Hockey parents are always worried about being left behind in the great race to the NHL.
So worried in fact they often blink and find themselves at the end of their child’s career without much more than fleeting memories of time spent on lessons, camps, spring hockey and so on.
What about the lessons to be learned through the actual club team on which they’ve played?
The extra on-ice development available these days is sure an advantage if it’s done right, but the real key to developing your young hockey player’s skills?
The answer lies between the ears.
“Yeah, but why?”
I both love and loathe hearing this question. Loathe because it often happens during heated moments in a game where there’s not much time to teach, and love because it means a player is seeking more than a stock answer about what to do in a given situation.
The hockey player who asks questions wants to understand why something happens in addition to how it happens. Understanding a skill grants clarity in a player’s mind and helps them achieve that skill much more quickly than if they were simply ordered to do it.
Awhile back I wrote this article over at The Coach’s Site about finding a role for every player on the team. Well, what wasn’t clear to one commenter was that I was speaking directly to coaches, not parents.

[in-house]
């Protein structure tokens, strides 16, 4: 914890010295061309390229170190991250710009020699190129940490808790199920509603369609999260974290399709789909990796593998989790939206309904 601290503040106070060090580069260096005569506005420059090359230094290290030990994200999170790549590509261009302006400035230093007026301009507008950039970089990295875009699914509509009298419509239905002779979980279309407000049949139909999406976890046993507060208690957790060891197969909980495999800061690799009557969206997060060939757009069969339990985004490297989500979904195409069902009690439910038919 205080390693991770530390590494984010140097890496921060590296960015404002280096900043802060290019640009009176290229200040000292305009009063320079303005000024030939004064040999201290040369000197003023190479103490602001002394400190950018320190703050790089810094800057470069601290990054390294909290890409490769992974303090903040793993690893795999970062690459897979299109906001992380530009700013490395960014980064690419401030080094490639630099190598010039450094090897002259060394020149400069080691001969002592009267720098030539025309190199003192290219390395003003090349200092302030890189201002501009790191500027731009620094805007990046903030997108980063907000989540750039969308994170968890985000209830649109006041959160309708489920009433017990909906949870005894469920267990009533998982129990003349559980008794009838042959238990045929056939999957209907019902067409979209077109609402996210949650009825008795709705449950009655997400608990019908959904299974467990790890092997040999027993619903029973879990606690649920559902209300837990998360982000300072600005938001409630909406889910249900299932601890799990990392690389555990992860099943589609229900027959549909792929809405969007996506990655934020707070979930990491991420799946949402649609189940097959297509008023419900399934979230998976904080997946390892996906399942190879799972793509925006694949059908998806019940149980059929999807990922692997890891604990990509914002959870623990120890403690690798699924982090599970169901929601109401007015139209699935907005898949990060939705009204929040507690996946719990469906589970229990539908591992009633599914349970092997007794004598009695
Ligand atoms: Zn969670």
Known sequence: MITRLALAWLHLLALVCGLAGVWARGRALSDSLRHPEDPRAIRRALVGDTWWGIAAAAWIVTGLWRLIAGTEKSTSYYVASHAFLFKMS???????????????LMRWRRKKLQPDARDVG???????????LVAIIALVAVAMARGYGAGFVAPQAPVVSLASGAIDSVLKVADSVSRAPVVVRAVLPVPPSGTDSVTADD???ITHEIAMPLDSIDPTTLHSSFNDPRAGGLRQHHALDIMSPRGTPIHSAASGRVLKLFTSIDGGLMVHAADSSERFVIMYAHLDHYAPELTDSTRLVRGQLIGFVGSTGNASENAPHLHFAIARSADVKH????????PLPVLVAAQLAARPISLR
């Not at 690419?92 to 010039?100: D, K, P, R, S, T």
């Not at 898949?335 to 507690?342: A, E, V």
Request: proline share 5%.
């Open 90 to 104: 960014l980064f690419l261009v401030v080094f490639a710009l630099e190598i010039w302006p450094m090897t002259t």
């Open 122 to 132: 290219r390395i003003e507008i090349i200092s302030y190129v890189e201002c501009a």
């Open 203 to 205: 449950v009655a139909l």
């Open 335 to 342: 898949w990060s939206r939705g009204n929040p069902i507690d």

This commenter scolded me for suggesting players shouldn’t play different positions.
Kids at young ages who play different positions develop a broad understanding of the game. For example, playing defense for a couple months can help a forward keep the puck deep in the opponent’s zone because they understand how difficult it is for his or her defensemen to constantly be under attack.
Playing new positions is a valuable way to speed up development because it helps players achieve an appreciation for all aspects of the game.
A traditional Japanese term meaning continuous incremental improvement, Kaizen is a philosophy that’s tough to adopt completely.
However, if you can master Kaizen?
The results are inevitable.
One of the hardest things about being a hockey player is maintaining a positive attitude when you’re granted so much of a good thing. Think about it - being on the ice every day is bound to wear thin at times for even the most obsessed young hockey players out there. It’s important for coaches and hockey academies to keep this in mind and keep young players engaged by challenging them, but ultimately the player is responsible for their own energy.
Other ways we can help our kids achieve kaizen by:
Natural Development via Mental Engagement
The season is a grind, but with the right approach and sufficient down-time, development occurs naturally. Hard work, balance and mental exercise can have an enormous effect when compared with forced daily 1on1 development sessions.
Don’t get me wrong, added on-ice development is a fantastic advantage most kids in the lower mainland have, but without the proper focus, that advantage is lost to distraction or apathy.
Let’s keep our kids engaged this season. They should be eager to go to the rink. If that changes, dial things back and re-evaluate, because you could be doing more harm than good.